I was driving in to the city this morning, on my way to do all kinds of good & spiritual things and getting all kinds of cranky because of road construction on the BQE, also known as New York’s perpetual construction zone. Sooner or later the construction has to wind up at your exit, today was my day, and at certain points, all three lanes merged into one.

And then that one single lane, stopped.

A wiry little construction worker, in the requisite neon orange vest and dark roadwork tan waved a SLOW sign, then flipped it to STOP. Traffic stopped, backed up, and we waited — until the man carrying two dozen Dunkin’ Donuts crossed the road –then we were waved on and all was right with the world.

I had to let it go. How can I be angry when my day is held up for the delivery of my favorite donuts to my favorite group of guys?

Mama loves a working man. I especially love road construction crews. It’s hard, hot work and as much as I’m jonesing for the chance to operate heavy machinery, I’d hate to have to do it daily. The sun beating down, rain pelting your face, soaking your clothes, hot tar fumes, breathing exhaust all day, all day, all day. Gentlemen of the road, you of Caterpillars, Pavers & Road Rollers, I salute you. If your day can be made a little lighter, a little brighter by the delivery of 24 Dunkin’ Donuts, who am I to bitch about my time? Seriously.

Dunkin Donuts can unite the world.

When I was nine years old I ran away from home. I packed my blue plastic suitcase, stuffed all my money in a red knee-sock that had long since lost its ability to stay up without use of a rubber band and walked away. After about a mile, I stopped at the Dunkin’ Donuts.

I pulled forty-five cents out of the sock — enough for a Boston Creme, a cup of milked-down coffee and a dime to call my mother who promptly came and got me.

I’d gone far enough. I don’t remember what was bothering my nine year old self, what it was that prompted me to “leave home” that day, but whatever it was, Dunkin’ Donuts made it okay, at least for that day.

A properly timed Dunkin’ Donut can change your whole day.

If I hadn’t been held up in traffic, hadn’t had to wait for the well-muscled, bare-armed, gleaming with sweat heavy road construction guy carrying two dozen donuts, I would’ve been out of the car by the time this came on to WBGO’s Saturday morning Function in the Junction. Not to be missed, Willis “Gator-Tail” Jackson’s Good to the Bone. [audio:]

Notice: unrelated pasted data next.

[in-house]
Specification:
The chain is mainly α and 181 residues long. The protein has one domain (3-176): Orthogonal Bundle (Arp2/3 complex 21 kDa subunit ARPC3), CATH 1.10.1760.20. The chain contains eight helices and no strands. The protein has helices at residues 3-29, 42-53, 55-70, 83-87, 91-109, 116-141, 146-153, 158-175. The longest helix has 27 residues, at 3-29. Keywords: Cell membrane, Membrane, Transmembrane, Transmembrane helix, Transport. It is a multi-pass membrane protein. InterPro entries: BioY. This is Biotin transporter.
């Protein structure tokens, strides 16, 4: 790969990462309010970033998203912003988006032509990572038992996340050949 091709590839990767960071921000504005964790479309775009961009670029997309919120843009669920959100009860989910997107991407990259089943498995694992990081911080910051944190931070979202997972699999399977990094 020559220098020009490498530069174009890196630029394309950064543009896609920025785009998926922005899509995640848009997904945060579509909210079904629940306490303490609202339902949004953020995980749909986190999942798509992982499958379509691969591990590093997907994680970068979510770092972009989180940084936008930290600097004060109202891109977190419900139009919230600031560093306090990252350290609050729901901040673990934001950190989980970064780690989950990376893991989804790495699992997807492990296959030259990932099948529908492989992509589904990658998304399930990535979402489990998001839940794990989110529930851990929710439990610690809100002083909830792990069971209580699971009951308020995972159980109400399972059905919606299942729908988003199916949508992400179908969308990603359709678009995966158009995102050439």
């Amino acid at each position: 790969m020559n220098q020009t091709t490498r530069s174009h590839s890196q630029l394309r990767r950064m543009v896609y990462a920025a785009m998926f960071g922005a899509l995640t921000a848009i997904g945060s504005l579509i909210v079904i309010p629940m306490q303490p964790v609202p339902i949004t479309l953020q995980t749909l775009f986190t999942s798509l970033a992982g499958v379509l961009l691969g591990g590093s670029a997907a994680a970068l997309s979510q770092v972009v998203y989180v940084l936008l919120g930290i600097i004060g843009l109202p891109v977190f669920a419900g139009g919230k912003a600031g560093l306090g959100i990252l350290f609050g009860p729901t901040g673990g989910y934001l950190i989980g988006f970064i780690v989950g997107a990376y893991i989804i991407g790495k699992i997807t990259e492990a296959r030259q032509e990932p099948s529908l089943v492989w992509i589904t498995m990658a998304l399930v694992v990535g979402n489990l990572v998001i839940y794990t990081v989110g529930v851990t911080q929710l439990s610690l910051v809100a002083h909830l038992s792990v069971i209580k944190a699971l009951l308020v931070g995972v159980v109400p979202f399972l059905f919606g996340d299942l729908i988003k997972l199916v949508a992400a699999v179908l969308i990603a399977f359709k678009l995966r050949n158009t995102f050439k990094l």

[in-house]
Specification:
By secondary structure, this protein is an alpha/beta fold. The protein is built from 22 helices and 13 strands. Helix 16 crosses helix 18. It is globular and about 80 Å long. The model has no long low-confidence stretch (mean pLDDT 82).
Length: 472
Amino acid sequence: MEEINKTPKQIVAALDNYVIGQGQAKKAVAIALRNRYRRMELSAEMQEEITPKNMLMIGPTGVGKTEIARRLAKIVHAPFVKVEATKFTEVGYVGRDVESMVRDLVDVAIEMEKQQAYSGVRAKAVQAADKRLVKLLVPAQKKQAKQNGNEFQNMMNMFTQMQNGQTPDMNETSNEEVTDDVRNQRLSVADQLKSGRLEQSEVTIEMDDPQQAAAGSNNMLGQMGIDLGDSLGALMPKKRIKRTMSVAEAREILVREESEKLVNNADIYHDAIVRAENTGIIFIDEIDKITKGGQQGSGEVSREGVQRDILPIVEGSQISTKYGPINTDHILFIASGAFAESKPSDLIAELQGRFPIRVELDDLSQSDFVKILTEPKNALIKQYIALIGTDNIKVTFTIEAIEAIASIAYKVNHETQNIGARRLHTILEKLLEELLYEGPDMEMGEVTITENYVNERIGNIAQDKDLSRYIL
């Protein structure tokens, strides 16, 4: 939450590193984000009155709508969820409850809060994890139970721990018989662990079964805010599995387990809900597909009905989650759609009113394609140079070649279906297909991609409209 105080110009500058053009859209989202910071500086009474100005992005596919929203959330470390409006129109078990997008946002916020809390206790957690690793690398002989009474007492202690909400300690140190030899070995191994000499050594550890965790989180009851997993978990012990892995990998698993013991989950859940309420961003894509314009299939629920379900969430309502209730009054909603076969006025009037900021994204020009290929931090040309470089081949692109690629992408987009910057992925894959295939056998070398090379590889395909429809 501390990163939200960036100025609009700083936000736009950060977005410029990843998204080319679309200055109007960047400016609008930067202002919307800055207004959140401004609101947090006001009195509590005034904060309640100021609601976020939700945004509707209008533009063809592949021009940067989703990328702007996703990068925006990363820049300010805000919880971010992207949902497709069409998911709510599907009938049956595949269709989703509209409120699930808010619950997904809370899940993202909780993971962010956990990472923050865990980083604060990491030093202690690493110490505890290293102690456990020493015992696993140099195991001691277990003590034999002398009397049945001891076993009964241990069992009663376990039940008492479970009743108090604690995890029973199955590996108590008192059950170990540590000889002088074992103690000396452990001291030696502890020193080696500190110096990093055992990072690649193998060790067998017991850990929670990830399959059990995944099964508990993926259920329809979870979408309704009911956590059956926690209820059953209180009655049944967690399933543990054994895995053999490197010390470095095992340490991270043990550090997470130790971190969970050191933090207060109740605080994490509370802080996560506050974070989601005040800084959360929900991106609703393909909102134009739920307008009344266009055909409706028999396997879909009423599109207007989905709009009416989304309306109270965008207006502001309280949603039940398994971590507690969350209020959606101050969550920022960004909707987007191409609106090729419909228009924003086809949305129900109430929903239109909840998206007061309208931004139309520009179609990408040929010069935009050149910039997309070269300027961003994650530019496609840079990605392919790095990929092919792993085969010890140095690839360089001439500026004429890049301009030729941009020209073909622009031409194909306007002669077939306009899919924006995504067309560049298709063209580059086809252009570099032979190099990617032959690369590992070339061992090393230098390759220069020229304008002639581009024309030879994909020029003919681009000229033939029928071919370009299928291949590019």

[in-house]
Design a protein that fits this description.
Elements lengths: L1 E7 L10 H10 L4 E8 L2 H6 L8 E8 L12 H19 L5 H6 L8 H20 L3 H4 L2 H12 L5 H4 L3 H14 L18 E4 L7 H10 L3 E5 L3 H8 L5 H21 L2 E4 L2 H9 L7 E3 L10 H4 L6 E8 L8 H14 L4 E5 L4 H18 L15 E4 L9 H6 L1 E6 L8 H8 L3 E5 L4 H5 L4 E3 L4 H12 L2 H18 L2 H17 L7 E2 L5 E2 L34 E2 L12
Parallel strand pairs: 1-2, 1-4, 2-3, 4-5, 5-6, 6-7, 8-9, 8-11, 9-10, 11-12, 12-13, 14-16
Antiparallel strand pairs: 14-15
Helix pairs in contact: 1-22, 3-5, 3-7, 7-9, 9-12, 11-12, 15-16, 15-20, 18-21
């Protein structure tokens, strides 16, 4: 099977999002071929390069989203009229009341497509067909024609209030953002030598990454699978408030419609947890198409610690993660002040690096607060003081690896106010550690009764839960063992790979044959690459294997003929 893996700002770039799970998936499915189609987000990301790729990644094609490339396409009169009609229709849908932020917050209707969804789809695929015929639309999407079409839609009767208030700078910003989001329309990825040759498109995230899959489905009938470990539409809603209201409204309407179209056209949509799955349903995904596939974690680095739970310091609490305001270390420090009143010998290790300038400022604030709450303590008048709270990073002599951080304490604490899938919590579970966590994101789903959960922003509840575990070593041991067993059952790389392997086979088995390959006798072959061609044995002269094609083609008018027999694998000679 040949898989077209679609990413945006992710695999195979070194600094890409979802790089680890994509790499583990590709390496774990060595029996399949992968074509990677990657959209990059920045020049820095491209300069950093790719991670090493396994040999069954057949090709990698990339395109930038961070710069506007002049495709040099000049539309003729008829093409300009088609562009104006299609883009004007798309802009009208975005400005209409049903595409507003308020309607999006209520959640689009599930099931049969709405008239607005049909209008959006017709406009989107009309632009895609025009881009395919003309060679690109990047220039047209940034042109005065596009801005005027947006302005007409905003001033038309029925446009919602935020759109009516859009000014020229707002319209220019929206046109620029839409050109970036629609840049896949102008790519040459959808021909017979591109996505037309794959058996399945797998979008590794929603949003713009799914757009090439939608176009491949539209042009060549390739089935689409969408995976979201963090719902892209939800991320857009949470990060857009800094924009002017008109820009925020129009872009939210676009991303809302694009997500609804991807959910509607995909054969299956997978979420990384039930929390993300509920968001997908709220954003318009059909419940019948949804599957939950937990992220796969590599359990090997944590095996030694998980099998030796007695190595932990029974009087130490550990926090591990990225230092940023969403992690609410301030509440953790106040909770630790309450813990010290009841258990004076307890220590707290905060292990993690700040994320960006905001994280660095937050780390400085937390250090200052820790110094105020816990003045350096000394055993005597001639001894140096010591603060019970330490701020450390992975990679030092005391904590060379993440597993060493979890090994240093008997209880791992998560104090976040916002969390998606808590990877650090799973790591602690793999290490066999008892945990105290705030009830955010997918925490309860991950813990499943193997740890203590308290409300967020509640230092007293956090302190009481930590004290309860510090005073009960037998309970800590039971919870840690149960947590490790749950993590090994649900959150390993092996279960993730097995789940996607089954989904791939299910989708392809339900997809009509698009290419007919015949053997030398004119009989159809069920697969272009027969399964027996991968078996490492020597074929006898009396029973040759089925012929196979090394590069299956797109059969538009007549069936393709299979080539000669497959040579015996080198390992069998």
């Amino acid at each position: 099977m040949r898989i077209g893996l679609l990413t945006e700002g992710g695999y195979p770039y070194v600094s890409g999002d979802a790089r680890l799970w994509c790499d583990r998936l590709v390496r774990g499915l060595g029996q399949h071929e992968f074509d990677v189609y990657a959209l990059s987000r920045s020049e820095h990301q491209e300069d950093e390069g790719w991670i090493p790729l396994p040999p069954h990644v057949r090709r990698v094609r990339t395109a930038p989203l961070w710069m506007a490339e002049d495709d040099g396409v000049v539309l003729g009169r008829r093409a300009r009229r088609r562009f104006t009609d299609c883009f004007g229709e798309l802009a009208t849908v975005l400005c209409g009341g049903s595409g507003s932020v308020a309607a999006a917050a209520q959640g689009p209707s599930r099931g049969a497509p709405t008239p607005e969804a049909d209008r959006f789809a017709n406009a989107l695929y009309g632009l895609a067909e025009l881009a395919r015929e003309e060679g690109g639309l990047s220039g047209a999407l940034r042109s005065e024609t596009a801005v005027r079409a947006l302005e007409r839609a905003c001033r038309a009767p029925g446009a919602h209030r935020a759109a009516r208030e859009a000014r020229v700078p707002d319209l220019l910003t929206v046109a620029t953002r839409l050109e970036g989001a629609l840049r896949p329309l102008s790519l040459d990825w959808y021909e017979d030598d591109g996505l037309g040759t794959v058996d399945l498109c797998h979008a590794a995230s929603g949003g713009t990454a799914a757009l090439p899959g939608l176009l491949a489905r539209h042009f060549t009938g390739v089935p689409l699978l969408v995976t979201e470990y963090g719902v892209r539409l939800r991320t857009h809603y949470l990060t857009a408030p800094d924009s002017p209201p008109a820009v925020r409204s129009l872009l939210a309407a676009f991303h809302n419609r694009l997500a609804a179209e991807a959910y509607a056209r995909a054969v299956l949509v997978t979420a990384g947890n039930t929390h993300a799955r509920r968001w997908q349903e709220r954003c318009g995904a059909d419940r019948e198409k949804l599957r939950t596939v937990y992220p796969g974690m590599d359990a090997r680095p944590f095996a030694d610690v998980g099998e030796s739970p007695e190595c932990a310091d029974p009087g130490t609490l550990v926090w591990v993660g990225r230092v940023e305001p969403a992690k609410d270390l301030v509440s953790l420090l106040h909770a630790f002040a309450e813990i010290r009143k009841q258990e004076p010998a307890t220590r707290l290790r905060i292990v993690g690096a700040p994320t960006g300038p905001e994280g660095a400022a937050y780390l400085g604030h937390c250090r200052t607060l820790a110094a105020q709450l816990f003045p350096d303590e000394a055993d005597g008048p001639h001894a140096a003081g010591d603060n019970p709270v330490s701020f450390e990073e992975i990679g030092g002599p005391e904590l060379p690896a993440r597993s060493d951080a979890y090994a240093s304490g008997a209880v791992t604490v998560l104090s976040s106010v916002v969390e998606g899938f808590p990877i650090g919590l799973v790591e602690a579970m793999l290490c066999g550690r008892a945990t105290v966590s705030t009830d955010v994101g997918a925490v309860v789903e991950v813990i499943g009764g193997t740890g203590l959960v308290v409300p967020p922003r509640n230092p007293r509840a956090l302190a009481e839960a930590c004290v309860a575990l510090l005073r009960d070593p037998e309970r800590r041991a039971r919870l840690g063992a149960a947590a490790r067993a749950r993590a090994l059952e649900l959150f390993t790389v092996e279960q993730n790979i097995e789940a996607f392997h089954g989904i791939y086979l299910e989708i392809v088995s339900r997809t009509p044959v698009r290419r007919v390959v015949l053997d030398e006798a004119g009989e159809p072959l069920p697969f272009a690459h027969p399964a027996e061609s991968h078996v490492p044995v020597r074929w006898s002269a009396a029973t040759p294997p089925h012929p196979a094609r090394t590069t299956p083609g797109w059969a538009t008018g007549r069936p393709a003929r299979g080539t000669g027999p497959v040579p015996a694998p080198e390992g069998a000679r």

A properly timed blues saxophone can also change my whole day….

peeing on my own leg

I’ve had to let go of resentments that aren’t in my best interest. I’m not sure any resentment is ever in my best interest. What’re those sayings? Resentments are like taking poison and waiting for your enemy to die? Or like peeing on your own leg–no one feels it but you?

Two years ago I was turned down for a graduate education program, a blessing in disguise. I’ve been told my whole life that I look like a school teacher, but I do not, repeat, do not have the skills or temperament. It’s a case of wanting to want.

I want to want to be a teacher. I think I should. I shouldn’t. Really. I shouldn’t. But I forget.

I wasted a week in anger this past month trying to force the admissions office to tell me why they rejected me, two years ago. I went on a wild goose chase to a handful of different officials, each one pointing me towards someone else until I was back where I started.

I got aggressive and sarcastic.

They stopped returning my emails.

What was that all about? I’m in a graduate program for something I love.

I want control.
I’m not working, my life is in flux & the need for control rears it’s ugly head. Big time.
I think I need to know everything, need to run every show.

When I was as kid and the phone rang, I’d race to get it. Frequently, my dad beat me to it. Afterwards when I asked, he wouldn’t tell me who it’d been. He did that too, on family outings. I’d be told only to get my coat, but not where we were going. Drenched in the cold sweat of my absolute powerlessness, drowning in the fear and panic of having no control over where I was going, those trips were excruciating. It didn’t happen every time, just often enough.

I don’t know if he withheld this arbitrary information out of petty meanness or he thought it was funny, if it fed his need for control or if he was simply trying to teach me to chillax and overcome the obsessive need I had to control something, anything, everything. Probably some combo platter, but it felt mean.

I still struggle with needing to know everything & having to run the show. Really, I need to accept that I’m never even going to know most things and the “show” generally runs perfectly well without my help.

I got an email last week. Graduate applications are destroyed after that particular semester begins. I spent all that time and energy, all that anger, trying to force people to look at something that no longer exists.

Everything in life is a lesson. Everything. The best I can hope for is to get the lesson the first time so I don’t have to keep replaying the same tapes, four times, five times and on and on.

This was not my first lesson about powerlessness and resentment, but it only lasted a week, so it I’m down to the Cliff Notes versions, rather than the Encyclopedia Britannica.